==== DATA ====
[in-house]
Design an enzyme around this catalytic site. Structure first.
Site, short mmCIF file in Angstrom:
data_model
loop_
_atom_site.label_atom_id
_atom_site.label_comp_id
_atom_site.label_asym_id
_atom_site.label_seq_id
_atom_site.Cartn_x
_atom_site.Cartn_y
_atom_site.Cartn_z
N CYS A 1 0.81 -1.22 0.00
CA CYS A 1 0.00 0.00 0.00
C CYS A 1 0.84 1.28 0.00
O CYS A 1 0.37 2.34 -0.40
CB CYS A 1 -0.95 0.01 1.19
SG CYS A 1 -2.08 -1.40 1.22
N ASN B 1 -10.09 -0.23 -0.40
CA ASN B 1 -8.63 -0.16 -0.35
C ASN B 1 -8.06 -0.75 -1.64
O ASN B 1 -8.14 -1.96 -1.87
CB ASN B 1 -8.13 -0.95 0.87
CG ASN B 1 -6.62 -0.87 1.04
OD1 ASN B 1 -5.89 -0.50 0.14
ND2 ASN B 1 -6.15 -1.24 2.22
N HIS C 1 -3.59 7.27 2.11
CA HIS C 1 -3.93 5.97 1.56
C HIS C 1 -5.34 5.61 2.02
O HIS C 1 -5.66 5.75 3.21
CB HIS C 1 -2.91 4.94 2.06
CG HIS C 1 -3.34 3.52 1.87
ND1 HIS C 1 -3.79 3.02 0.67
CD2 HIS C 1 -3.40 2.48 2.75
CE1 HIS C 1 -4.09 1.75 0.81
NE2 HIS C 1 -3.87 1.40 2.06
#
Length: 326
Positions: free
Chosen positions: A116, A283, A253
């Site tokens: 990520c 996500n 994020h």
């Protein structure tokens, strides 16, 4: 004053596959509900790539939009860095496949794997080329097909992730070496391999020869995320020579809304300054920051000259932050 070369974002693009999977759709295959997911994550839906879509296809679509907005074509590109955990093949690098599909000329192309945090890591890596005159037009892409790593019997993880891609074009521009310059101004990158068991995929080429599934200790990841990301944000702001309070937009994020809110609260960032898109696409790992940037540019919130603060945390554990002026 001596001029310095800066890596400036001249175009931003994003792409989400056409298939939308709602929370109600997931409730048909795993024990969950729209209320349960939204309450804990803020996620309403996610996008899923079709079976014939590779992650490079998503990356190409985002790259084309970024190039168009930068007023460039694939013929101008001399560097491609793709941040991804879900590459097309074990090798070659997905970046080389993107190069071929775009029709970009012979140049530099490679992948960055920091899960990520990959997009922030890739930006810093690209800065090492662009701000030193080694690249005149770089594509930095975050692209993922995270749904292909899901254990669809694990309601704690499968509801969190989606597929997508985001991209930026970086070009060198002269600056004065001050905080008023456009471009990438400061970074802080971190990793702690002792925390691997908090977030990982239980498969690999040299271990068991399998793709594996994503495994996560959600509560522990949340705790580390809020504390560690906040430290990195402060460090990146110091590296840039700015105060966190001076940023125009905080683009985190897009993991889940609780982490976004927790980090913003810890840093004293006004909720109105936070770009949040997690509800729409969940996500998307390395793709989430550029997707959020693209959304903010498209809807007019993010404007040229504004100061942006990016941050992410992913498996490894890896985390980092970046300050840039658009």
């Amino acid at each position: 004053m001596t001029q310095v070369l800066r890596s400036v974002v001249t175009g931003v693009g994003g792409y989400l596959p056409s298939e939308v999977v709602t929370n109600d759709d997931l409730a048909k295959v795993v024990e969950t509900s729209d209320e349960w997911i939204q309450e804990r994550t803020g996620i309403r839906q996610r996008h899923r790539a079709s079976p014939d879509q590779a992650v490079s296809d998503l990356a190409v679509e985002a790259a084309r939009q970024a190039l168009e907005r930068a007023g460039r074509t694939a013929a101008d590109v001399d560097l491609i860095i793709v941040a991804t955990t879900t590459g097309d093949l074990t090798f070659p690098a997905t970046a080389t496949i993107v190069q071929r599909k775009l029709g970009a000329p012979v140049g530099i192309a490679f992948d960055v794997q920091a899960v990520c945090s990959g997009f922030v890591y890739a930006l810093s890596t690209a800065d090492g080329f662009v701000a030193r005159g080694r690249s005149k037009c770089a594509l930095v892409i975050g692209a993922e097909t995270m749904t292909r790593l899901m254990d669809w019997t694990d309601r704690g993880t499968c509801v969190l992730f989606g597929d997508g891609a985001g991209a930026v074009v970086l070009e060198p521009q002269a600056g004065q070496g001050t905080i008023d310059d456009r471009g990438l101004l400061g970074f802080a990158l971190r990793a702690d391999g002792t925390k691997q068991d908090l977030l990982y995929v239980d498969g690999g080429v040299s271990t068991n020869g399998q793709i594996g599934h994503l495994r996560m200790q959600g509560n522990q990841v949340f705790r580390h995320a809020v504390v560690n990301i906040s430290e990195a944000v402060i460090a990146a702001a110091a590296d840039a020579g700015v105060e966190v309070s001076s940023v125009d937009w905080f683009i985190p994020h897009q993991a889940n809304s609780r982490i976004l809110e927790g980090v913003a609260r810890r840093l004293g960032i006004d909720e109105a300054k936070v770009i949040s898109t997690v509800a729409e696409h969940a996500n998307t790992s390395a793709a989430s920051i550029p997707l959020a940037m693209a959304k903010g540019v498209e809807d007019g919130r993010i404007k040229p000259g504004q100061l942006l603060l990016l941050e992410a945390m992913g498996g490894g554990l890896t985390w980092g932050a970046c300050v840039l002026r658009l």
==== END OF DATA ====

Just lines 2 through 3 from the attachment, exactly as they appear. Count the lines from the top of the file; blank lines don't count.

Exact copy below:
Design an enzyme around this catalytic site. Structure first.
Site, short mmCIF file in Angstrom: